Quick Write Sparks to Kindle the Poet in All of Us by Paula Bourque
What is a Quick Write?
Over the coming months, I will stop by this Teach Write blog share a few ways you can use quick writes in your classroom and in your own writing life.
Before we begin exploring these ideas, let me share the meaning of the term 'quick write.'
A quick write is a short (5-10 minutes) and frequent (daily) burst of low-stakes writing in response to a “spark."
Quick writes are true to their name -- they do not involve planning, revising, or overly cautious forethought.
Quick writes constitute thinking on paper that helps the writer creatively explore ideas while boosting their volume of writing.
Quick writes are not writing prompts. Writers may choose NOT to write to the spark , but instead may choose their own response that was inspired by the spark.
Quick writes are never graded.
Quick writes can easily become a springboard for future writing. The writer can take time to revisit quick writes when they are in need of a writing idea.
Quick writes encourage the writer to play on paper. Writers may make lists, mind maps, narratives, sketchnotes, doodles, labels, or a combination of formats.
Quick Writes Across the Curriculum
In my book, Spark: Quick Writes to Spark Hearts and Minds in Elementary Classrooms, and in the classrooms in which I coach, I will often offer quick writes as a way to help the writer think about topics in different ways.
If students can write for 5-10 minutes each day outside of language arts or writing workshops, they can begin to use writing as a way of thinking, problem-solving, wondering, and appreciating in any class.
You may choose to change the focus of quick writes every day or keep the same focus for several days.
There are many areas of the curriculum to focus on with quick writes, such as:
Informational quick writes to share what the writer knows, what they wonder, and what their opinions are on a topic
Appreciation quick writes to let writers reflect on art, music, photography, and literature
Creativity quick writes can be used to play with ways of composing and communicating
Social-Emotional quick writes help promote mindfulness, metacognition, and mindset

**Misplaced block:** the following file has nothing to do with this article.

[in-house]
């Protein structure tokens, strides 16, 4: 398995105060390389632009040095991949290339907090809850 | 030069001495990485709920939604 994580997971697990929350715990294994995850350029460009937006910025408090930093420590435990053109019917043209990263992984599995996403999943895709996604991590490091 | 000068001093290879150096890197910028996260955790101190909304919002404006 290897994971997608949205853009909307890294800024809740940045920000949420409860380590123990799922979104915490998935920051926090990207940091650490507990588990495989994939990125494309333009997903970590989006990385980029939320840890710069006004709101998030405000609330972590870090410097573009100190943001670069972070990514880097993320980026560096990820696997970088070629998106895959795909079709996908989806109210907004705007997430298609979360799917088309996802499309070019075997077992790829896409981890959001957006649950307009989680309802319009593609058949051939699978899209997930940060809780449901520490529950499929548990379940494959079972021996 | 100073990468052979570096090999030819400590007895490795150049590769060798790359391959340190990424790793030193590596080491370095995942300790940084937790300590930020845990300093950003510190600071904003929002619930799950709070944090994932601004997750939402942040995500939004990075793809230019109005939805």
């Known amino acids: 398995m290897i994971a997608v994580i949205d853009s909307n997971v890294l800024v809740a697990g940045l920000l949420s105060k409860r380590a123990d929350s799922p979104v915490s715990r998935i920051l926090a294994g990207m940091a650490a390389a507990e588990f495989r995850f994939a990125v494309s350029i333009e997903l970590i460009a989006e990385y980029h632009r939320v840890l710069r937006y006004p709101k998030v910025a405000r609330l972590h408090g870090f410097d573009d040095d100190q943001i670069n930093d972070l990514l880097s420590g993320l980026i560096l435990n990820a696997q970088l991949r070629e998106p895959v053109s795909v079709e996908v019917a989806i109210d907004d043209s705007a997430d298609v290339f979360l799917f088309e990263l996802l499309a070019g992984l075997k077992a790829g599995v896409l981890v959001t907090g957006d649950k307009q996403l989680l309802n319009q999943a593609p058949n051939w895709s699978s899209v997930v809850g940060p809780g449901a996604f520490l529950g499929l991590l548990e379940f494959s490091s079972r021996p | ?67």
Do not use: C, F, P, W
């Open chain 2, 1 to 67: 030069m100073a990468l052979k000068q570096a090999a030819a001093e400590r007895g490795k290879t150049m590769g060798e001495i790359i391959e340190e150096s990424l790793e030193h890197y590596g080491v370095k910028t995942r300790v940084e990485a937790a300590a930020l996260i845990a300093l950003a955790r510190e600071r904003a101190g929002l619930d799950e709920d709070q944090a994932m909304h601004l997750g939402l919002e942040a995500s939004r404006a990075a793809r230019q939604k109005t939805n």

Primary quick writes with younger writers focus on automaticity and stamina - often at a letter/word level
There are no right ‘answers’ when it comes to quick writes since the quick write spark is meant to ignite thinking that is personal and unique.
The focus is on the process of thinking and writing, not the product of that writing.
Invite to Write
As a part of my monthly column on quick writes, I will also share some quick write sparks to get you started. You can use these sparks in your classroom or in your own writing.
In honor of April being National Poetry Month, let’s start with a poetry quick write.
Remember, what you write in a quick write will not look like a revised and polished piece of poetry. I like to think of quick write poems as POEM-ISH to take the pressure off of feeling like what you write needs to be literary and publishable!
The idea is to PLAY with words and ideas and have fun!
WORD POEM QUICK WRITE
Pick a word (randomly find one in a book, one that comes to mind, a random generator, or that fits with a theme in school).
What do you visualize with that word?
What meaning does it have for you?
Think about where you could add line breaks and how the words could be arranged in a ‘poem-ish’’ way.
For 5-10 minutes write what comes to mind.
DOCU-POEM QUICK WRITE
Think about a current event (personal, political, public) that you can capture in a quick write.
What does this event mean to you?
What does it lead you to think about? Feel?
What do you want to remember about it?
For 5-10 minutes write about the even in poem-ish form: Add phrases, line breaks, white space, rhyme or repetition if it works for you.
Don’t think about writing in complete sentences like a newspaper article. Dance with it a bit!
While my daughter was away at college, I created a Docu-poem each week to document our lives at home and in the political world while she was away.
Here is one of them:
What will you write about?
If you’d like to share your quick write or any reflections from one of the quick write exercises, we’d love to hear about it! Tweet us at @TeachWriteEDU or use the #TeachWrite hashtag to share!
Paula Bourque is a Nationally Board Certified K-6 Literacy Coach in Augusta, Maine who is passionate about expanding the definition of writing. She is the author of two professional books on writing: Close Writing: Developing Purposeful Writers in Grades 2-6 and Spark! Quick Writes to Kindle Hearts and Minds in Elementary Classrooms, both with Stenhouse Publishers. Paula blogs regularly at LitCoachLady.com. You can also connect with Paula on Twitter at @LitCoachLady.